7 Tips For What to Do When You’re Involved in a Car Accident
September 14th, 2016 by Attorney John Colvin
Even the most careful and experienced drivers may someday find themselves involved in a car accident – and if that happens, knowing what to do can help you stay calm.
One thing you can do today is put a pen, pencil, and notepad in your glove box and emergency flares in your trunk. You’ll be glad you have these items, if you’re ever involved in a crash.
Following are some tips about how to respond to a car accident, but remember that safety is your first priority – avoid any actions that create additional risks, and be alert for other moving vehicles.
- Check for injuries. In the immediate aftermath of a crash, make sure everyone in your car, including yourself, is uninjured. If you’re able, see if the other driver or drivers are injured. Call 9-1-1 immediately if anyone needs medical attention, and if your injuries prevent you from getting out of your car, turn on your hazard lights and keep your seat belt fastened until emergency personnel arrive.
- Call the police. Even if it’s a minor fender-bender, call the police to report the accident. A dispatcher may tell you that if damage is minimal, no officer will come to the scene, but making the call gives you an official record of the date and time of the crash. An officer will file an accident report for any crash he or she investigates, but if no officer comes to the scene, you should still report the accident immediately to your automobile insurance carrier as soon as possible, following the crash.
- Clear the road. If your vehicle is functioning, move it safely out of traffic. If the car isn’t running, turn on the hazard lights, move all uninjured occupants to a location off the road, and ignite road flares near your vehicle, so other drivers notice it.
- Exchange information with other drivers. Each driver should exchange name, address, telephone number, driver’s license and license plate numbers, and insurance information. If the driver is not the owner of the vehicle, ask for the owner’s information, and jot down a description of each vehicle in the crash, including the make, model, and year.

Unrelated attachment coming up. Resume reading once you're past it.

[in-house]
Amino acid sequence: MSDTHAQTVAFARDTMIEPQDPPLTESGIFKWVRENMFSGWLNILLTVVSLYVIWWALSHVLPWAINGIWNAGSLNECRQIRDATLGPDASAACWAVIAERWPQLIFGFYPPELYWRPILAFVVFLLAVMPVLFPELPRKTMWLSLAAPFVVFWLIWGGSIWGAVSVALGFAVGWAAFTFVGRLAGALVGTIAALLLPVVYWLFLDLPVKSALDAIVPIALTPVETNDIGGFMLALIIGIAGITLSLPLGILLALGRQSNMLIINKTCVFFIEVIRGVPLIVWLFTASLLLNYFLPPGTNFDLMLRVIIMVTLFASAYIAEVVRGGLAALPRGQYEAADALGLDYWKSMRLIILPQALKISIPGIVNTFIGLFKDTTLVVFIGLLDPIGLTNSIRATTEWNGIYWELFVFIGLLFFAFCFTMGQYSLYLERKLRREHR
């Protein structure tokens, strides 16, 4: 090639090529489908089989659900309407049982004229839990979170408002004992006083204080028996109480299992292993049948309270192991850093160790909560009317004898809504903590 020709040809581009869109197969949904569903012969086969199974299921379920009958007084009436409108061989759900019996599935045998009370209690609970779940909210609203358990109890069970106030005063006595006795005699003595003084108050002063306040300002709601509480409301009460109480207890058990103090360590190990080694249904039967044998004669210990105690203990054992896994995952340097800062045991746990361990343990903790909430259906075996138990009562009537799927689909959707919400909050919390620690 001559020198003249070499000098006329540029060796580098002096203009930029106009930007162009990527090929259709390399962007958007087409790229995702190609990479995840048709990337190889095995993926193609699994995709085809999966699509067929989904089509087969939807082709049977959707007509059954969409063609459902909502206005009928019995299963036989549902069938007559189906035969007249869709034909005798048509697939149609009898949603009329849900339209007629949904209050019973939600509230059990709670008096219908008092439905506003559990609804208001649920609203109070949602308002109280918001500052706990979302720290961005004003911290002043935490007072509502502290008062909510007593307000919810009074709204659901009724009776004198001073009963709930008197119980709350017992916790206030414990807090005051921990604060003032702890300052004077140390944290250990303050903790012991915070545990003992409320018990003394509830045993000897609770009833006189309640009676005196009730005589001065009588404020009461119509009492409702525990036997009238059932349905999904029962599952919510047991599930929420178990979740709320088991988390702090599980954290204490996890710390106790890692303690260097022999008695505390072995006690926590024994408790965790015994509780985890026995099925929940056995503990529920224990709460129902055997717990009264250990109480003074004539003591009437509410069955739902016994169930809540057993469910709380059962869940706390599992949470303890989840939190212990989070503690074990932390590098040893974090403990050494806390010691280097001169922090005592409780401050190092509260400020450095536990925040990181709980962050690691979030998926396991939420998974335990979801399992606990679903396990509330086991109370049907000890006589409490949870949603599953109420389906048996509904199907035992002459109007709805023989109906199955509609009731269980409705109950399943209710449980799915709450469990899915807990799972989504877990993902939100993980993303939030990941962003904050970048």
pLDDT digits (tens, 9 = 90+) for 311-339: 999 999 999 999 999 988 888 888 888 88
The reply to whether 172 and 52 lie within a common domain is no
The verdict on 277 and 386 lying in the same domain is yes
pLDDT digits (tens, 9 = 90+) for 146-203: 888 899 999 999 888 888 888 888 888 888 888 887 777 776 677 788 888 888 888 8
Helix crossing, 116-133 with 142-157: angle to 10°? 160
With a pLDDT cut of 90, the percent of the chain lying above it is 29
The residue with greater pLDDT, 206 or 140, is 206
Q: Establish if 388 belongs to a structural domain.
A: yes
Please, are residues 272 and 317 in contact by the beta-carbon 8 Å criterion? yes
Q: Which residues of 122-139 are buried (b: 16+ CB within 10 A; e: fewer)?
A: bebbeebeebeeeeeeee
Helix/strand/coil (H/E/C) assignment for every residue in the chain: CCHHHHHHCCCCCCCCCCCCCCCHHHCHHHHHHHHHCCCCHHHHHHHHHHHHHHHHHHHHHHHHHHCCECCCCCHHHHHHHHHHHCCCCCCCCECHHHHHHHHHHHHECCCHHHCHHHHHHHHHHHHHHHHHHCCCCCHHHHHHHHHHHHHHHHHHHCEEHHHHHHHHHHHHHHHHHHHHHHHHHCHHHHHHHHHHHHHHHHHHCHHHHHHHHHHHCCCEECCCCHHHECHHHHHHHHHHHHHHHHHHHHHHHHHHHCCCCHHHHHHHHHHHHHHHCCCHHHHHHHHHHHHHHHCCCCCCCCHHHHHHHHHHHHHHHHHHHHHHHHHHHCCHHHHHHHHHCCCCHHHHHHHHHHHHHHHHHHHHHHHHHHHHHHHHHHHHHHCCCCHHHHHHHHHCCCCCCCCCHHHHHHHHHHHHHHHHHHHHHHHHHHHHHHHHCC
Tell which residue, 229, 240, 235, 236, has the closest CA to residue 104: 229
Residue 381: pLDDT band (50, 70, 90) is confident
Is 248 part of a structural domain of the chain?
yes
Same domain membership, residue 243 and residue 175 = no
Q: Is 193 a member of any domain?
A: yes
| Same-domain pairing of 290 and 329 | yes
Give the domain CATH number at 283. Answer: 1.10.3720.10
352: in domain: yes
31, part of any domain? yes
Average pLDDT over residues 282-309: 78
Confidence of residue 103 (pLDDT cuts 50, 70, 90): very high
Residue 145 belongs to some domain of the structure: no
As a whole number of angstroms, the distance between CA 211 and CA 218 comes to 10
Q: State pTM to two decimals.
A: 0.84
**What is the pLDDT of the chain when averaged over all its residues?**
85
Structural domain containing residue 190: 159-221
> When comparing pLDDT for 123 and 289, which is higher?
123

- Get contact information for eyewitnesses. If onlookers are present, ask for their names and contact information.
- Take pictures. Take a picture of the cars involved in the crash, as well as street signs or other visible landmarks that help pinpoint the crash scene.
- Call your insurance company. Call your insurer to report the crash. Be prepared to offer all of the contact information you collected from other drivers and witnesses, as well as the name and badge numbers of police who investigated the crash, and the accident report number.
After a crash, never say anything that implies you may have been at fault. If the occupants or drivers of other vehicles involved in the crash seem hostile, mention that fact when you call the police and wait for police to arrive before trying to exchange information.
Even if you think you’re uninjured, it’s still a good idea to visit your doctor as soon as you can after a crash. Internal injuries and some types of head injuries may not be immediately evident to the untrained eye.
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